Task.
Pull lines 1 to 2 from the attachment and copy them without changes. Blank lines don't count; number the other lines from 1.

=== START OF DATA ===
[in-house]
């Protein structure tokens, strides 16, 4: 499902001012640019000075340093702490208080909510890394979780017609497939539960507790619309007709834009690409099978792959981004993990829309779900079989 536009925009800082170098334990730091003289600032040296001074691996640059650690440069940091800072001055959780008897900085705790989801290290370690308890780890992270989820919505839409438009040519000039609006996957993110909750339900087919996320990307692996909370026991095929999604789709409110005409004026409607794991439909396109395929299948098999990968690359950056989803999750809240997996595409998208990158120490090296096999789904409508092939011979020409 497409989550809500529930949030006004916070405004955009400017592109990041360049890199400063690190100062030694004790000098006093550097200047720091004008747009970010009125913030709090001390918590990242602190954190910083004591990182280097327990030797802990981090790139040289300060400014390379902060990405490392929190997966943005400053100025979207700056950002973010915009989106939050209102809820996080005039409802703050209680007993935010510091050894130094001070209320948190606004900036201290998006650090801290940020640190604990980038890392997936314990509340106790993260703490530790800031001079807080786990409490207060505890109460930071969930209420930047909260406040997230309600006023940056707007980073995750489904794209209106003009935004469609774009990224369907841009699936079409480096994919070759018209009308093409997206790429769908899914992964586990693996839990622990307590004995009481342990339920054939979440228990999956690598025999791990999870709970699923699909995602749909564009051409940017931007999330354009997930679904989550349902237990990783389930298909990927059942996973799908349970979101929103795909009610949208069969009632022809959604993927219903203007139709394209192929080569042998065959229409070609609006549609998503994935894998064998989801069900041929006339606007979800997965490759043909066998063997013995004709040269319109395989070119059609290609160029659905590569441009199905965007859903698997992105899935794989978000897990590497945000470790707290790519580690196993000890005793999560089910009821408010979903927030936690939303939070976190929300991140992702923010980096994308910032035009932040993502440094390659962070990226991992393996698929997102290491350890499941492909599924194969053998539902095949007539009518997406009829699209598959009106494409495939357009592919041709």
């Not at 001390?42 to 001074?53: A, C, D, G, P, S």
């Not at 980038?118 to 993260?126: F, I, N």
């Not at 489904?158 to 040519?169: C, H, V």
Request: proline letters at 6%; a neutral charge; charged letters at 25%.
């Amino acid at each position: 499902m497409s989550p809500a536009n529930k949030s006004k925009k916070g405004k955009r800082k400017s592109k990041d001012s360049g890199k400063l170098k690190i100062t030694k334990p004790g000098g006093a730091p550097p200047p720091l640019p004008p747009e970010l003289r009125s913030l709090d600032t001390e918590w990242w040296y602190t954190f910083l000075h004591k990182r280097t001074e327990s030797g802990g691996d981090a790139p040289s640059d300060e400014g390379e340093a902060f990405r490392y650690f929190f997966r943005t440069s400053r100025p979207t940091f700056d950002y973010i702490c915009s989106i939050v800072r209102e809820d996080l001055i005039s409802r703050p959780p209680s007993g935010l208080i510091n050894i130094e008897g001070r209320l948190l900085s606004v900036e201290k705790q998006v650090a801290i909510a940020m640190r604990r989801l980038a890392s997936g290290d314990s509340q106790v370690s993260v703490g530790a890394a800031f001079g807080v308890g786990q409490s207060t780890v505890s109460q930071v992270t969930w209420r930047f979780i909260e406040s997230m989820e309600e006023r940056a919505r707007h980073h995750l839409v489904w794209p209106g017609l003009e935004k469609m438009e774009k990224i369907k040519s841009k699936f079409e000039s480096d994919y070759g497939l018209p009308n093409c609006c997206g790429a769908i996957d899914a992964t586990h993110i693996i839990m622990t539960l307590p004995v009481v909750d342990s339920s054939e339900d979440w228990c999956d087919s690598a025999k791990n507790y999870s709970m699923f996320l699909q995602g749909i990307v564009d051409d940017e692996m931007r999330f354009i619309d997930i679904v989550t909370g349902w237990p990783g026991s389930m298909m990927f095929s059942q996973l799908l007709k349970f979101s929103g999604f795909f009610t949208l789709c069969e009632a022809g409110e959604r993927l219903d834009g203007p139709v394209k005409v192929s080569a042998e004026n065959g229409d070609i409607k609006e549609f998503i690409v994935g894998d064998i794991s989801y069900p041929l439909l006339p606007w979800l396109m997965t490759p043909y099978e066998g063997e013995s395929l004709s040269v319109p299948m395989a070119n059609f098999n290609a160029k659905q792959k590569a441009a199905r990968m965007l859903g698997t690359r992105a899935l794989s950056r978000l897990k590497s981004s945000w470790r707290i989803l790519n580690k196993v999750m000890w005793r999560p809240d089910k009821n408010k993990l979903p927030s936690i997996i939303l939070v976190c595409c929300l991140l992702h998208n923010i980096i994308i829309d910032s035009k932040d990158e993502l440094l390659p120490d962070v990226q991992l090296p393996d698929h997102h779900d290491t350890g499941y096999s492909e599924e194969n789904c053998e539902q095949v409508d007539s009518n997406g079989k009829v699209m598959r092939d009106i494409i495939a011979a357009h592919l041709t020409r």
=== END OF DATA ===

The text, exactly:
[in-house]
């Protein structure tokens, strides 16, 4: 499902001012640019000075340093702490208080909510890394979780017609497939539960507790619309007709834009690409099978792959981004993990829309779900079989 536009925009800082170098334990730091003289600032040296001074691996640059650690440069940091800072001055959780008897900085705790989801290290370690308890780890992270989820919505839409438009040519000039609006996957993110909750339900087919996320990307692996909370026991095929999604789709409110005409004026409607794991439909396109395929299948098999990968690359950056989803999750809240997996595409998208990158120490090296096999789904409508092939011979020409 497409989550809500529930949030006004916070405004955009400017592109990041360049890199400063690190100062030694004790000098006093550097200047720091004008747009970010009125913030709090001390918590990242602190954190910083004591990182280097327990030797802990981090790139040289300060400014390379902060990405490392929190997966943005400053100025979207700056950002973010915009989106939050209102809820996080005039409802703050209680007993935010510091050894130094001070209320948190606004900036201290998006650090801290940020640190604990980038890392997936314990509340106790993260703490530790800031001079807080786990409490207060505890109460930071969930209420930047909260406040997230309600006023940056707007980073995750489904794209209106003009935004469609774009990224369907841009699936079409480096994919070759018209009308093409997206790429769908899914992964586990693996839990622990307590004995009481342990339920054939979440228990999956690598025999791990999870709970699923699909995602749909564009051409940017931007999330354009997930679904989550349902237990990783389930298909990927059942996973799908349970979101929103795909009610949208069969009632022809959604993927219903203007139709394209192929080569042998065959229409070609609006549609998503994935894998064998989801069900041929006339606007979800997965490759043909066998063997013995004709040269319109395989070119059609290609160029659905590569441009199905965007859903698997992105899935794989978000897990590497945000470790707290790519580690196993000890005793999560089910009821408010979903927030936690939303939070976190929300991140992702923010980096994308910032035009932040993502440094390659962070990226991992393996698929997102290491350890499941492909599924194969053998539902095949007539009518997406009829699209598959009106494409495939357009592919041709």